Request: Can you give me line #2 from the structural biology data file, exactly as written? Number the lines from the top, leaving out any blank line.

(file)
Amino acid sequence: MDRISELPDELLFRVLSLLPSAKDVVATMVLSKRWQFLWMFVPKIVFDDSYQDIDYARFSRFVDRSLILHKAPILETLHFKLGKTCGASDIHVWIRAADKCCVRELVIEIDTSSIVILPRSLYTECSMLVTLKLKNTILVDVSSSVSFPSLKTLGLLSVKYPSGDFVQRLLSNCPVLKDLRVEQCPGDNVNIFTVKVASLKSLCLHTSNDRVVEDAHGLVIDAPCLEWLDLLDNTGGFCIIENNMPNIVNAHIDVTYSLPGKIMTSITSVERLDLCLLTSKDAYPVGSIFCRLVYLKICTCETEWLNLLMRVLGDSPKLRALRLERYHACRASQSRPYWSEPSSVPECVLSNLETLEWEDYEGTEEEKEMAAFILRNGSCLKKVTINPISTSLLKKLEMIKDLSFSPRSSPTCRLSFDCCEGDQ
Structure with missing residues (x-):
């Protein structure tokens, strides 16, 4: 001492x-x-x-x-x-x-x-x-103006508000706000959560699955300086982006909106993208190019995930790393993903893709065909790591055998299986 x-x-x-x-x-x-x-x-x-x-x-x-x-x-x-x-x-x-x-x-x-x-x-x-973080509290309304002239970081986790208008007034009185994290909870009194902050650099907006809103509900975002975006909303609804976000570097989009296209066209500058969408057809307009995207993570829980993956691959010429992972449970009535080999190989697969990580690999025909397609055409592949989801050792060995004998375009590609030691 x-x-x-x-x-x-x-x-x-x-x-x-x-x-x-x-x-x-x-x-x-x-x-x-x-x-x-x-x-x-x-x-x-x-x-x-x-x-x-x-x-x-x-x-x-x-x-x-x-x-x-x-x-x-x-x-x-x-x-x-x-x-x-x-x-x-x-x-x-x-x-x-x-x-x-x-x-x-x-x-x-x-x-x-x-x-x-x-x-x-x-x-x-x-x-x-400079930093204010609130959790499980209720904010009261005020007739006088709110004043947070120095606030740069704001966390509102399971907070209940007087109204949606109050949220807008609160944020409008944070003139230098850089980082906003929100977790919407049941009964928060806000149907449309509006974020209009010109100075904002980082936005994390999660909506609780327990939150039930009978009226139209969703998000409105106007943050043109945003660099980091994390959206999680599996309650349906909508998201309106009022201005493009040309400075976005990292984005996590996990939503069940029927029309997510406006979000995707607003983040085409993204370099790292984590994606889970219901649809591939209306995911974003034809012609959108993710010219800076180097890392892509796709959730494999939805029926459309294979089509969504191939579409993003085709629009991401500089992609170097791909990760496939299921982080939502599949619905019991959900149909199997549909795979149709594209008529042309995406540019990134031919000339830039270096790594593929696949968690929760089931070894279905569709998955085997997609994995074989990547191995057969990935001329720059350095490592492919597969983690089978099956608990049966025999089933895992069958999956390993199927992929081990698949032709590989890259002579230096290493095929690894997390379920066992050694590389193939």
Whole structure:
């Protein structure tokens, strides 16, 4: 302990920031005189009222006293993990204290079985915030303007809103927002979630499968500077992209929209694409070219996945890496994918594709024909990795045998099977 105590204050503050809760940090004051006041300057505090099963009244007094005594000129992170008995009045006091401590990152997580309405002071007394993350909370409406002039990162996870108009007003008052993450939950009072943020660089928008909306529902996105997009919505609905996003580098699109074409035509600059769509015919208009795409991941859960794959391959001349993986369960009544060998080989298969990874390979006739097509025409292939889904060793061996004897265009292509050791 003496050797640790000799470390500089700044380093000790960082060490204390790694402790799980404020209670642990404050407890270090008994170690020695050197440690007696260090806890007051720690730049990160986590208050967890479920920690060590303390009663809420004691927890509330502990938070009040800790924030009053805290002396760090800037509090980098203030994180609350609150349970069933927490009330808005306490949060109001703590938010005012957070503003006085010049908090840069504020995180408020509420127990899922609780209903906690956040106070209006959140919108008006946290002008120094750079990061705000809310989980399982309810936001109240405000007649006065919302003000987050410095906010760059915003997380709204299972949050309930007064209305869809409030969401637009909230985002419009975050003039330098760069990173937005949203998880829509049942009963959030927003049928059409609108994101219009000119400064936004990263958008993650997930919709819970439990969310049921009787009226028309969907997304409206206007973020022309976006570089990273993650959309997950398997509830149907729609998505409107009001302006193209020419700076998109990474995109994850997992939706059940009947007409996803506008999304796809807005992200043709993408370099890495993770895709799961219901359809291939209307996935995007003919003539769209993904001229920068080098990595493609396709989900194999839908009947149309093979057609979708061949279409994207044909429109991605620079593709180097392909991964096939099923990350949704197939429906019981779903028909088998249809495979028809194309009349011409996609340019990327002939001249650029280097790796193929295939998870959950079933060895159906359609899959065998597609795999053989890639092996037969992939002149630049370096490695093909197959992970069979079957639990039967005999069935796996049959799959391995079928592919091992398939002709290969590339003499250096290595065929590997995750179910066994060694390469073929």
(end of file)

Structure with missing residues (x-):